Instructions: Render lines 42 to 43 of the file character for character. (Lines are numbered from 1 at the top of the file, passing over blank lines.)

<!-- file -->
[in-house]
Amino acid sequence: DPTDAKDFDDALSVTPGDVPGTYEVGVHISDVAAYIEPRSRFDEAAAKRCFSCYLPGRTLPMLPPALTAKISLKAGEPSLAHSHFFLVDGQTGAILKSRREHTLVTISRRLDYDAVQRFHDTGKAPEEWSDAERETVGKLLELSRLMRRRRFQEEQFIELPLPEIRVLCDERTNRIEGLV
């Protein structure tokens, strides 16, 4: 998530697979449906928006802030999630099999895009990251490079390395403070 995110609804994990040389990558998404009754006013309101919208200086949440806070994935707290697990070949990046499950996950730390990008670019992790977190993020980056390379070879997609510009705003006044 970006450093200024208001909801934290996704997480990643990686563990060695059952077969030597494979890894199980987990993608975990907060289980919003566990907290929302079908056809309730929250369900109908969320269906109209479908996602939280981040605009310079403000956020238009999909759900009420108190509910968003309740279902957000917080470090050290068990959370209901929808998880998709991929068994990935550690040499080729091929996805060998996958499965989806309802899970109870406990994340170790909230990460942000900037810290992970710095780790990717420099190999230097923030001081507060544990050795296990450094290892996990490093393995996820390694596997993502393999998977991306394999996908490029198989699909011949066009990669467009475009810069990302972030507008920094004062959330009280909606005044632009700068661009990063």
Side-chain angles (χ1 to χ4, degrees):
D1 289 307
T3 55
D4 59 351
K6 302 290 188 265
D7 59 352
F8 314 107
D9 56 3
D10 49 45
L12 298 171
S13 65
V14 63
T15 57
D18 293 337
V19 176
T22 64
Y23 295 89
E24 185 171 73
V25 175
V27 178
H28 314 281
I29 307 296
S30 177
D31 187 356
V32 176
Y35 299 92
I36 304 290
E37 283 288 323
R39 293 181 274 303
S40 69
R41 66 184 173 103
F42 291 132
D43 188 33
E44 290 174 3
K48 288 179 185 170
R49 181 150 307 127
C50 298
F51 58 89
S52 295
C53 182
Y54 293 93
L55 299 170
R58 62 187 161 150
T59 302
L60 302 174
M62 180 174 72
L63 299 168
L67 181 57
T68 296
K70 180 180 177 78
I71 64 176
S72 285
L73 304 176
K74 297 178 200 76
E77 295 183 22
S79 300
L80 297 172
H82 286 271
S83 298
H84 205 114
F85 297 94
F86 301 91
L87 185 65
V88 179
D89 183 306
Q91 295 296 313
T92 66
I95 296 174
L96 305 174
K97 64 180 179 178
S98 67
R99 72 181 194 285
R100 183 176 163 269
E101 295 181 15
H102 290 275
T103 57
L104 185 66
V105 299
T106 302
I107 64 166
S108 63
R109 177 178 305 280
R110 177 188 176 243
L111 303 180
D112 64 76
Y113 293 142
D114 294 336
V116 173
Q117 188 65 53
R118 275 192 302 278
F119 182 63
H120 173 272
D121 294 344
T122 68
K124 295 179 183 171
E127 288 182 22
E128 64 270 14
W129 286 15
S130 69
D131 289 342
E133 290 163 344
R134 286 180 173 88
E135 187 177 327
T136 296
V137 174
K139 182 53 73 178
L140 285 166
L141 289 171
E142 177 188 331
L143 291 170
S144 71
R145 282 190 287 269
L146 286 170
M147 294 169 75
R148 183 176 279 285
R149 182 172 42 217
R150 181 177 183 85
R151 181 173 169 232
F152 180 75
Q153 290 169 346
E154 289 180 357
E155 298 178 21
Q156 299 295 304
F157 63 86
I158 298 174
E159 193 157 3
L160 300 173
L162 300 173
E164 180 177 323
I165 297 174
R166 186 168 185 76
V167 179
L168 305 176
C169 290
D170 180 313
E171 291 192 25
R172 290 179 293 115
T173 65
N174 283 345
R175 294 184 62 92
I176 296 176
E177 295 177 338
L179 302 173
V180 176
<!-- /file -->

S52 295
C53 182